- As in the early days of surrogacy in India, the lack of proper laws or guidelines in Cambodia has proved a big attraction. Medical tourism consultants say doctors from Thailand have set up infertility clinics. But the focus on Cambodia has its set of concerns. There is growth in surrogacy in Cambodia since 2015. There is a huge pressure building and Cambodia is ill-prepared to handle it. Besides, there are no laws in place (in Cambodia).
- Doctors who offered surrogacy service in India are aware of the new hubs. Cambodia may have emerged as a hub, but it has only one or two players currently. It doesn’t have well-defined laws so a better place is Ukraine that has laws in place. Ukraine’s presence is not lost on Indian doctors who once had a good surrogacy business going.
After the ban on commercial surrogacy in India in November 2015, many Infertility centers collaborated with an infertility clinic in Ukraine.
Surrogacy (Regulation) Bill, 2016 – Recently, the Union cabinet cleared the bill.
Reasons for the introduction of the bill –
- India has emerged as a surrogacy hub for couples from different countries and there have been reported incidents concerning unethical practices, exploitation of surrogate mothers, abandonment of children born out of surrogacy and rackets of intermediaries importing human embryos and gametes.
- Widespread condemnation of commercial surrogacy prevalent in India has also been regularly published in different print-and electronic media since last few years highlighting the need to prohibit commercial surrogacy and allow ethical altruistic surrogacy.
- The 228th report of the Law Commission of India recommended for prohibiting commercial surrogacy and allowing ethical altruistic surrogacy to the needy Indian citizens by enacting a suitable legislation.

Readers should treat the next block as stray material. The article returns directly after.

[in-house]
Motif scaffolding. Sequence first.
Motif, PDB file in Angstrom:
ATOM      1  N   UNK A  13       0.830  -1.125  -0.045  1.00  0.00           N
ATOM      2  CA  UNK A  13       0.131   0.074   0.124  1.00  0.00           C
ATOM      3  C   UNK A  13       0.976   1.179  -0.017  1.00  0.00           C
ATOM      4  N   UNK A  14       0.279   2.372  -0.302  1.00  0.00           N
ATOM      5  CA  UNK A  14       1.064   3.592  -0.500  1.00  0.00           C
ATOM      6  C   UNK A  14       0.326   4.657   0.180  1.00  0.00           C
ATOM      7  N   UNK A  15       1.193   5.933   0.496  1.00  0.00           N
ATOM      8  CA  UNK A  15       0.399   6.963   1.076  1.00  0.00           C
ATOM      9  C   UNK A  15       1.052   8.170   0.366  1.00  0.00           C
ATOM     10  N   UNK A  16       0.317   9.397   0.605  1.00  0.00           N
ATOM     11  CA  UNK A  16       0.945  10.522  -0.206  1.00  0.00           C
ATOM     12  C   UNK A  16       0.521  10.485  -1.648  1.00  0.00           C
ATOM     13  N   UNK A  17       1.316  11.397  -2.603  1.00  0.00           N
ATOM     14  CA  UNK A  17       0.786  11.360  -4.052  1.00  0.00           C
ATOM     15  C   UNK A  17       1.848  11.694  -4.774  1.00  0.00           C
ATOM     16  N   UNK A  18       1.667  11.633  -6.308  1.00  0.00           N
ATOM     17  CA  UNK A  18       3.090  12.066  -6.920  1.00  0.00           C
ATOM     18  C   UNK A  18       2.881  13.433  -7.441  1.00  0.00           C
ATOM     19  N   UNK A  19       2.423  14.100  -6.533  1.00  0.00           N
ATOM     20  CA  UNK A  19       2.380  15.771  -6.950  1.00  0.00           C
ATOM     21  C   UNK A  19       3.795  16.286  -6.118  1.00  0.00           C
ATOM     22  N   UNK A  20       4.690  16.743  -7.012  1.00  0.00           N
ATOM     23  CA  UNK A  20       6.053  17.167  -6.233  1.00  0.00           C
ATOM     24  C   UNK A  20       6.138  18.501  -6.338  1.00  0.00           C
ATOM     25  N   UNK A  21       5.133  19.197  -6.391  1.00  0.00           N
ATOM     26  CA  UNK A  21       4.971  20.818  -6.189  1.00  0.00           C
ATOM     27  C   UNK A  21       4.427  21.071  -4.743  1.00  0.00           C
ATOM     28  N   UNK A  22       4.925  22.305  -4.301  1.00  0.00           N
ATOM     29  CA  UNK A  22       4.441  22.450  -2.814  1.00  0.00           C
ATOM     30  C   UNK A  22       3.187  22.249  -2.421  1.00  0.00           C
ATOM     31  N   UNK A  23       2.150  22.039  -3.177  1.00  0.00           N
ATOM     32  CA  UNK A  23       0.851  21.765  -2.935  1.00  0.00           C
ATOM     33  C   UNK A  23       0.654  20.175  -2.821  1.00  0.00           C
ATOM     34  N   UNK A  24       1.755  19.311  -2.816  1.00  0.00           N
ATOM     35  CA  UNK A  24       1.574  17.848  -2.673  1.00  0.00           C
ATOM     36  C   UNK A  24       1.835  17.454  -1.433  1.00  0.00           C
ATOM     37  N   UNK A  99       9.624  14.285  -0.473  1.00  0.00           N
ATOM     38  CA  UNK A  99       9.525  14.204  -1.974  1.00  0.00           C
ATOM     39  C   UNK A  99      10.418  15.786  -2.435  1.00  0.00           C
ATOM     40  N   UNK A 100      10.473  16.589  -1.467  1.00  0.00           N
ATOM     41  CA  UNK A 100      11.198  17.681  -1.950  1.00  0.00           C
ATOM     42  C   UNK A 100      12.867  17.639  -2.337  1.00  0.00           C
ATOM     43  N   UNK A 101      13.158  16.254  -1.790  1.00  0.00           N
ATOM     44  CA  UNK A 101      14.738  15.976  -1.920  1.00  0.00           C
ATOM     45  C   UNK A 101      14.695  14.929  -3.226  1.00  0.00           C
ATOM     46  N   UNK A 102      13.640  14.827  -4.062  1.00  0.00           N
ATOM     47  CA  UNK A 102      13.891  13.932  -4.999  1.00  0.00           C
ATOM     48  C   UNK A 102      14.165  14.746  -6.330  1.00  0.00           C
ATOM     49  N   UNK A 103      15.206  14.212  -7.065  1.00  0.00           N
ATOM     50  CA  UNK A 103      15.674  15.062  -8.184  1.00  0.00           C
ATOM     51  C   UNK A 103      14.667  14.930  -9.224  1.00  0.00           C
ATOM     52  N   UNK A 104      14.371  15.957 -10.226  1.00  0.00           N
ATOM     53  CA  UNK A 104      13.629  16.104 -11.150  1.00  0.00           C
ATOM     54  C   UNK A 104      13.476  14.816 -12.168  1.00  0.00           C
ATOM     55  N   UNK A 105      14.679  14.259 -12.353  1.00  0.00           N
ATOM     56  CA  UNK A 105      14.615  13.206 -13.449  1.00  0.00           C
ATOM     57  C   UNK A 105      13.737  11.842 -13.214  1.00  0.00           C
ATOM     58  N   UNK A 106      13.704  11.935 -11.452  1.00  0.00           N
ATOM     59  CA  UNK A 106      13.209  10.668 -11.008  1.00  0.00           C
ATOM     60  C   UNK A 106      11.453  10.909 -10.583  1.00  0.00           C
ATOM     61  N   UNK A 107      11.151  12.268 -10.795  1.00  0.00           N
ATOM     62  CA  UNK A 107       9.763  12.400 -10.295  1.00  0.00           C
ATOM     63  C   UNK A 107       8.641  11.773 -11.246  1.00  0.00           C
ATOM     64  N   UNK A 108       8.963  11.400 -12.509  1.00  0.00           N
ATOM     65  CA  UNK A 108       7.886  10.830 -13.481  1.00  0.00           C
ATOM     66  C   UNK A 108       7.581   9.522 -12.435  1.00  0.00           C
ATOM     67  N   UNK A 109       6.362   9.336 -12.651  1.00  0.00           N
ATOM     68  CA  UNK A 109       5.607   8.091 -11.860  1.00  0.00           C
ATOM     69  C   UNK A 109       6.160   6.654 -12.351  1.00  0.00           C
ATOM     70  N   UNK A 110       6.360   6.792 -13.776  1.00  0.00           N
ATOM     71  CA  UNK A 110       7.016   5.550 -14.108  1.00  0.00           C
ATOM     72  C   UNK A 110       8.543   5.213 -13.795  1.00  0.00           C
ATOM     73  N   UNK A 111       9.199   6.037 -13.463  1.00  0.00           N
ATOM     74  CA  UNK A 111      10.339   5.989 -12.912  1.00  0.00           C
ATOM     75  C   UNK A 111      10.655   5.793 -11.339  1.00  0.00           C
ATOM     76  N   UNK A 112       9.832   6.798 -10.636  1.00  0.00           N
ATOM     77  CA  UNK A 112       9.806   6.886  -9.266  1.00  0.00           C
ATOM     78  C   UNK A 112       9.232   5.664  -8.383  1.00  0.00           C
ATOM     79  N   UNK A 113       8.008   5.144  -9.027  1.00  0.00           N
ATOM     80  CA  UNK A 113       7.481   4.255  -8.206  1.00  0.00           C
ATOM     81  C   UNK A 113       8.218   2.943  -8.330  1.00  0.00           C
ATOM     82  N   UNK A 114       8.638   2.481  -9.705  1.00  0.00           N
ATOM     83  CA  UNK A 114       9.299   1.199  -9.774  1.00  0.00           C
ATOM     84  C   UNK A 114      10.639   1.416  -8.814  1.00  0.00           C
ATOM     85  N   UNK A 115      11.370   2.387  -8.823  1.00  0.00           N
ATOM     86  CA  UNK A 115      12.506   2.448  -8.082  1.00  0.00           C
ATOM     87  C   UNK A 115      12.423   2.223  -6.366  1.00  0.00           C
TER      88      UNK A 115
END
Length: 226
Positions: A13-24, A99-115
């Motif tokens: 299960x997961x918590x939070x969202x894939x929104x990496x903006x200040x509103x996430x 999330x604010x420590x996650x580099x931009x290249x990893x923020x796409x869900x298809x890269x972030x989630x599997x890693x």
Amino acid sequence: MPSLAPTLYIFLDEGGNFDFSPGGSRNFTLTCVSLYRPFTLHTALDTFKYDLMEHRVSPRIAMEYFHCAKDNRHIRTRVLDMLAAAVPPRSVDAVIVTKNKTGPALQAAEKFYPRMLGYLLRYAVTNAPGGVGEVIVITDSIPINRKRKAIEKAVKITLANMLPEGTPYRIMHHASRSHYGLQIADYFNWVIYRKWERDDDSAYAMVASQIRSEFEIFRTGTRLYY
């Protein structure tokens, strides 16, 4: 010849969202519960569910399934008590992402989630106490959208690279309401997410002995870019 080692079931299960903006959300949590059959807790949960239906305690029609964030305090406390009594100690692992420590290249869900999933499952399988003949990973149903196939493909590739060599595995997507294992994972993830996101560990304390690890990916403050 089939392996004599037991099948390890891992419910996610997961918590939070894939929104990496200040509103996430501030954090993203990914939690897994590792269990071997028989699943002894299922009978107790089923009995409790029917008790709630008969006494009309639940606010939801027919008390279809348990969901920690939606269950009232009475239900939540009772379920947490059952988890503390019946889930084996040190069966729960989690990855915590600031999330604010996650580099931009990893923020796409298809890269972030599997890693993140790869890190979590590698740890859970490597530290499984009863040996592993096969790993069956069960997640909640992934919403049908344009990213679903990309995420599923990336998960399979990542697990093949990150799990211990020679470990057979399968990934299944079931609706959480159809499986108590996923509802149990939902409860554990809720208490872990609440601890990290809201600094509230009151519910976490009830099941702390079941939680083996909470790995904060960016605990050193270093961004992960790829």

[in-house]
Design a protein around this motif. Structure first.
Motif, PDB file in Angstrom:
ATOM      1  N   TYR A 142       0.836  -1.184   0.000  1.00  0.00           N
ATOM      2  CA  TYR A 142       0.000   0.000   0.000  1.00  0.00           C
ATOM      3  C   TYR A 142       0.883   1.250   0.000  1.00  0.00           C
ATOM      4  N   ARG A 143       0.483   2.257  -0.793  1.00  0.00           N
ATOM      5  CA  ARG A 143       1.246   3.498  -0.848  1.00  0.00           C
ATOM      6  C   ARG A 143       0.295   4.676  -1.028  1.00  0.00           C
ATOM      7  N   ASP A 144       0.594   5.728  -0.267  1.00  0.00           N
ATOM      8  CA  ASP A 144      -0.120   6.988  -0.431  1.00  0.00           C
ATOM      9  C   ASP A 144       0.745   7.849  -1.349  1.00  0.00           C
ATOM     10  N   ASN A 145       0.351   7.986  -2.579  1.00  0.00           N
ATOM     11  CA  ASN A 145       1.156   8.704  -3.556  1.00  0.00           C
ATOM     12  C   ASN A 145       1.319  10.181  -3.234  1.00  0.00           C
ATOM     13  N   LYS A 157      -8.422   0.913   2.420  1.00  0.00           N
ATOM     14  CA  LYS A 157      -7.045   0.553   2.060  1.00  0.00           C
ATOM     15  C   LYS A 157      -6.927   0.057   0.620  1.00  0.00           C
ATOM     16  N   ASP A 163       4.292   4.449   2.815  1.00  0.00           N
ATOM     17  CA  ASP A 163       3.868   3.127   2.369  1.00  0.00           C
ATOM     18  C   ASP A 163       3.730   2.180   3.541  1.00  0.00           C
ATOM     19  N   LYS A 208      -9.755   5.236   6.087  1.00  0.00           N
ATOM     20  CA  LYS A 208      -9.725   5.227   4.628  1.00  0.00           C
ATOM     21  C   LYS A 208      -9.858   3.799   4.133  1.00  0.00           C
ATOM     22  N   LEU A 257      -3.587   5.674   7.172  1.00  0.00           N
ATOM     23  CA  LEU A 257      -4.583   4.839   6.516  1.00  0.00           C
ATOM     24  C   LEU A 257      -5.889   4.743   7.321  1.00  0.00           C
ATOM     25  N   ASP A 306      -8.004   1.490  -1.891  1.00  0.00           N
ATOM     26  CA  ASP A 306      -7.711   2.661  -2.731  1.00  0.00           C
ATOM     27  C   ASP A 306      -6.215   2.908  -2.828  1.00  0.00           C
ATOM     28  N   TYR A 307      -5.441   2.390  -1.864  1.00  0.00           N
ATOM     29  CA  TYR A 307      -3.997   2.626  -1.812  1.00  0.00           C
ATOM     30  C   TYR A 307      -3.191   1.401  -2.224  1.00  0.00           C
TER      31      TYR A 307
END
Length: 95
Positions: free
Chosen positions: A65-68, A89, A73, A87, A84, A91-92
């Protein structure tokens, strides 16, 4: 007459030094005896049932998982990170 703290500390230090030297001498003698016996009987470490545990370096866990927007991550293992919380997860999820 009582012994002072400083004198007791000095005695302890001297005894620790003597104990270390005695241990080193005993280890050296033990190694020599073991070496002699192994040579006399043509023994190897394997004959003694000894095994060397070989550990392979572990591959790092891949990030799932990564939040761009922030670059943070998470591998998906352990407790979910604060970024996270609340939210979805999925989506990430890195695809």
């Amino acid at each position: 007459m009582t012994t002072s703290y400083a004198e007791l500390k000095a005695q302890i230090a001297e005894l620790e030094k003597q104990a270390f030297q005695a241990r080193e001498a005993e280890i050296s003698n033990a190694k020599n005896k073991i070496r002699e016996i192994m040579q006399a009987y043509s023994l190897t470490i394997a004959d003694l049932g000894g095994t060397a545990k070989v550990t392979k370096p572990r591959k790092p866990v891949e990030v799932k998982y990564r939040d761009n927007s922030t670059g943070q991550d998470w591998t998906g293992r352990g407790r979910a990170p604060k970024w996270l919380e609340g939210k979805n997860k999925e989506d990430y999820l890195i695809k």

It has the following provisions –
- The Bill shall apply to whole of India, except Jammu and Kashmir.
- It will regulate surrogacy in India by establishing National Surrogacy Board and State Surrogacy Boards at the central and state levels respectively and Appropriate Authorities Union Territories.
- It will ensure effective regulation of surrogacy, prohibit commercial surrogacy and allow ethical surrogacy to the needy infertile couples. All infertile Indian married couple who want to avail ethical surrogacy will be benefited. Further the rights of surrogate mother and children born out of surrogacy will be protected.
Note: The major benefits of the Act –
- It will regulate the surrogacy services in the country. While commercial surrogacy will be prohibited including sale and purchase of human embryo and gametes, ethical surrogacy to the needy infertile couples will be allowed on fulfillment of certain conditions and for specific purposes.
- It will control the unethical practices in surrogacy, prevent commercialization of surrogacy and will prohibit potential exploitation of surrogate mothers and children born through surrogacy.
Category: Indian Economy
Topic: Balance of Payments: Current account